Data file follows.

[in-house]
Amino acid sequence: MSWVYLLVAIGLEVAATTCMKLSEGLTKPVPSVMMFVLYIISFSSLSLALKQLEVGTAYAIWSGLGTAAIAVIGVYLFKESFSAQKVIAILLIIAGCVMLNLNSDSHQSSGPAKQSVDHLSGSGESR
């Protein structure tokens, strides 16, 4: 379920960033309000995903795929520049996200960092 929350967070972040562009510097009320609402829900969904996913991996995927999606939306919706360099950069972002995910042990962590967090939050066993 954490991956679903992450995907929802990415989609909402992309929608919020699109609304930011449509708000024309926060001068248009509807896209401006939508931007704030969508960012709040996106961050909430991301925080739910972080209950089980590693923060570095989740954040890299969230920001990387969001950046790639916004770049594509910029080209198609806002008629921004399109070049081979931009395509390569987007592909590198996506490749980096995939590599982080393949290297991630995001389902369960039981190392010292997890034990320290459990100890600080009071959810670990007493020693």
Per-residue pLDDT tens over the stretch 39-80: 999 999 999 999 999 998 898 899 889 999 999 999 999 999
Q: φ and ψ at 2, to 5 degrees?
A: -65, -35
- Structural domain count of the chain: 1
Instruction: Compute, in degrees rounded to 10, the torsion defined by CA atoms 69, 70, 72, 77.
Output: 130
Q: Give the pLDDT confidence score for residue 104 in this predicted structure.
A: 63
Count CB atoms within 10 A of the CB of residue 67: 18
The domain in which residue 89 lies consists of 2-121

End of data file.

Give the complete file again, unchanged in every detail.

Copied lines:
[in-house]
Amino acid sequence: MSWVYLLVAIGLEVAATTCMKLSEGLTKPVPSVMMFVLYIISFSSLSLALKQLEVGTAYAIWSGLGTAAIAVIGVYLFKESFSAQKVIAILLIIAGCVMLNLNSDSHQSSGPAKQSVDHLSGSGESR
């Protein structure tokens, strides 16, 4: 379920960033309000995903795929520049996200960092 929350967070972040562009510097009320609402829900969904996913991996995927999606939306919706360099950069972002995910042990962590967090939050066993 954490991956679903992450995907929802990415989609909402992309929608919020699109609304930011449509708000024309926060001068248009509807896209401006939508931007704030969508960012709040996106961050909430991301925080739910972080209950089980590693923060570095989740954040890299969230920001990387969001950046790639916004770049594509910029080209198609806002008629921004399109070049081979931009395509390569987007592909590198996506490749980096995939590599982080393949290297991630995001389902369960039981190392010292997890034990320290459990100890600080009071959810670990007493020693």
Per-residue pLDDT tens over the stretch 39-80: 999 999 999 999 999 998 898 899 889 999 999 999 999 999
Q: φ and ψ at 2, to 5 degrees?
A: -65, -35
- Structural domain count of the chain: 1
Instruction: Compute, in degrees rounded to 10, the torsion defined by CA atoms 69, 70, 72, 77.
Output: 130
Q: Give the pLDDT confidence score for residue 104 in this predicted structure.
A: 63
Count CB atoms within 10 A of the CB of residue 67: 18
The domain in which residue 89 lies consists of 2-121